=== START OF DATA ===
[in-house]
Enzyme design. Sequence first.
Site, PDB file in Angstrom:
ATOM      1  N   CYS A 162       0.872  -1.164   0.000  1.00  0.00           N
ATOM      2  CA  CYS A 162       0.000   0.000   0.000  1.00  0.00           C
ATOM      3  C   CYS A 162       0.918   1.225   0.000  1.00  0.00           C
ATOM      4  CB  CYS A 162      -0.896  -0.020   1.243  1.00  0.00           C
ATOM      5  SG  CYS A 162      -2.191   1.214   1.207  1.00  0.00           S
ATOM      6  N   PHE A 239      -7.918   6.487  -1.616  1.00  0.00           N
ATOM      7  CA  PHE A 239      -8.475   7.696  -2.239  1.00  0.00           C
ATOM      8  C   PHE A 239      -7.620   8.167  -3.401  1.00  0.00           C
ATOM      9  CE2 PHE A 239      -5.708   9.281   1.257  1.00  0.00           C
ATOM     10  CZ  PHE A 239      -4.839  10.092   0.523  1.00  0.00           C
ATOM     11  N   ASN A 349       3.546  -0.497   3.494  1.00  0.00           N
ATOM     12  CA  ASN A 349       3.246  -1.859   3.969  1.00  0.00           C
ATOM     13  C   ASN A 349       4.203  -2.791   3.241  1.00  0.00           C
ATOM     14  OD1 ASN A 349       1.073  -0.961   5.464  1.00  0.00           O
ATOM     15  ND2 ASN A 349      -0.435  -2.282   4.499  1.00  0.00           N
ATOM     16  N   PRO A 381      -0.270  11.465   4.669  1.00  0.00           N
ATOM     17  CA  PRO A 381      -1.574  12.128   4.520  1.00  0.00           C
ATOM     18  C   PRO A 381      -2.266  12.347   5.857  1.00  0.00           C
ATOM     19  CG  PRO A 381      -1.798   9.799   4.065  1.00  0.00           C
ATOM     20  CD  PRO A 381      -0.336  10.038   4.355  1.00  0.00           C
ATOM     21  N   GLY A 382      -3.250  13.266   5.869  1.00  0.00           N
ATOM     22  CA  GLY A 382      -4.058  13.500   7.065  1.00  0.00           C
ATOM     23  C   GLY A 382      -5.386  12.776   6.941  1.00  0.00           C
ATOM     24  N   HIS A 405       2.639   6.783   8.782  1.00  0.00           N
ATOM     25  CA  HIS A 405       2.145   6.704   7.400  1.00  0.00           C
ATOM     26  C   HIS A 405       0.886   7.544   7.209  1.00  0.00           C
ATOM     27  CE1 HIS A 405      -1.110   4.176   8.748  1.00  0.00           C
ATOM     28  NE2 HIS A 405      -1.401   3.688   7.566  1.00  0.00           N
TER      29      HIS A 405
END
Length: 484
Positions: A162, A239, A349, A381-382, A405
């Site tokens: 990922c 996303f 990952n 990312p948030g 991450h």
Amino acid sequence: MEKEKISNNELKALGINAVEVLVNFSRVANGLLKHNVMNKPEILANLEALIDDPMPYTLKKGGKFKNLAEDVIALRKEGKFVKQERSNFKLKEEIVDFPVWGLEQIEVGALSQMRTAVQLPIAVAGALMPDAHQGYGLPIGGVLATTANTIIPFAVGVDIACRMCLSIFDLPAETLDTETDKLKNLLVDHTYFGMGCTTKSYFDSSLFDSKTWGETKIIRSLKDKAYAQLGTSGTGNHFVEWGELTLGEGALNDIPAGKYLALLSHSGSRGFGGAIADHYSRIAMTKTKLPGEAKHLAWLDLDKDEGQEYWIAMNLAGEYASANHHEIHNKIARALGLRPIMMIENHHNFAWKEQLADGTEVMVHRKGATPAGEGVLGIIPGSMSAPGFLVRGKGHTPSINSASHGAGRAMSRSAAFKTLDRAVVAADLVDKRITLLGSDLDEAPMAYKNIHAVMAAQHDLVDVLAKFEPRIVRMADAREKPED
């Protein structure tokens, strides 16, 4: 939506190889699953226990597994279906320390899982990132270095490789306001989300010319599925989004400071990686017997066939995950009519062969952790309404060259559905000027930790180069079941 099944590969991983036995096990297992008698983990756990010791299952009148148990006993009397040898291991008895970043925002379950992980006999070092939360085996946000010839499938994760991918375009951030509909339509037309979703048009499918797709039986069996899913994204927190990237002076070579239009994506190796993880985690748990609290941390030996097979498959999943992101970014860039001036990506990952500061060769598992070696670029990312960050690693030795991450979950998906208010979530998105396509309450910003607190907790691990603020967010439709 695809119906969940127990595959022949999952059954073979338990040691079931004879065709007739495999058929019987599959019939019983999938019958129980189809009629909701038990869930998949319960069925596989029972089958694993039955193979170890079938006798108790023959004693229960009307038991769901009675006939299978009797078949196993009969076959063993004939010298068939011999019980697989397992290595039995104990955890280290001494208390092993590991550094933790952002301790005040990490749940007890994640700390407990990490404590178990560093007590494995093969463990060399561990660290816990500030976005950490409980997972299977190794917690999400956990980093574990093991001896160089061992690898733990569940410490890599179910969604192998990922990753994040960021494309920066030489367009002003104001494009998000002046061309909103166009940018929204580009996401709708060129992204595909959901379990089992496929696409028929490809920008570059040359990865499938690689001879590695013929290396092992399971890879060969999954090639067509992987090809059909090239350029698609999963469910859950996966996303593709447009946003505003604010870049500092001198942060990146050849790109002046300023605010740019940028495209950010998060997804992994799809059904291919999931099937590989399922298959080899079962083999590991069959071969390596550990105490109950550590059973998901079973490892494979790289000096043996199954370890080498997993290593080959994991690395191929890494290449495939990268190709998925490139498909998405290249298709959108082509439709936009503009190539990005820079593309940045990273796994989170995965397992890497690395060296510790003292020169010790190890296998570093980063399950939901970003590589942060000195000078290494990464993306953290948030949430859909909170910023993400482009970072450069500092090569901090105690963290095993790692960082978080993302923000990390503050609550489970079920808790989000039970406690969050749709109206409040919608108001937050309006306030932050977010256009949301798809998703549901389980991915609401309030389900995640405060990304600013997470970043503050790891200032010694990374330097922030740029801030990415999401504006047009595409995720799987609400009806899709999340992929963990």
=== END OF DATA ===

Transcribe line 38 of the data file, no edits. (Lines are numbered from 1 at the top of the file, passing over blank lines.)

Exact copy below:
């Protein structure tokens, strides 16, 4: 939506190889699953226990597994279906320390899982990132270095490789306001989300010319599925989004400071990686017997066939995950009519062969952790309404060259559905000027930790180069079941 099944590969991983036995096990297992008698983990756990010791299952009148148990006993009397040898291991008895970043925002379950992980006999070092939360085996946000010839499938994760991918375009951030509909339509037309979703048009499918797709039986069996899913994204927190990237002076070579239009994506190796993880985690748990609290941390030996097979498959999943992101970014860039001036990506990952500061060769598992070696670029990312960050690693030795991450979950998906208010979530998105396509309450910003607190907790691990603020967010439709 695809119906969940127990595959022949999952059954073979338990040691079931004879065709007739495999058929019987599959019939019983999938019958129980189809009629909701038990869930998949319960069925596989029972089958694993039955193979170890079938006798108790023959004693229960009307038991769901009675006939299978009797078949196993009969076959063993004939010298068939011999019980697989397992290595039995104990955890280290001494208390092993590991550094933790952002301790005040990490749940007890994640700390407990990490404590178990560093007590494995093969463990060399561990660290816990500030976005950490409980997972299977190794917690999400956990980093574990093991001896160089061992690898733990569940410490890599179910969604192998990922990753994040960021494309920066030489367009002003104001494009998000002046061309909103166009940018929204580009996401709708060129992204595909959901379990089992496929696409028929490809920008570059040359990865499938690689001879590695013929290396092992399971890879060969999954090639067509992987090809059909090239350029698609999963469910859950996966996303593709447009946003505003604010870049500092001198942060990146050849790109002046300023605010740019940028495209950010998060997804992994799809059904291919999931099937590989399922298959080899079962083999590991069959071969390596550990105490109950550590059973998901079973490892494979790289000096043996199954370890080498997993290593080959994991690395191929890494290449495939990268190709998925490139498909998405290249298709959108082509439709936009503009190539990005820079593309940045990273796994989170995965397992890497690395060296510790003292020169010790190890296998570093980063399950939901970003590589942060000195000078290494990464993306953290948030949430859909909170910023993400482009970072450069500092090569901090105690963290095993790692960082978080993302923000990390503050609550489970079920808790989000039970406690969050749709109206409040919608108001937050309006306030932050977010256009949301798809998703549901389980991915609401309030389900995640405060990304600013997470970043503050790891200032010694990374330097922030740029801030990415999401504006047009595409995720799987609400009806899709999340992929963990």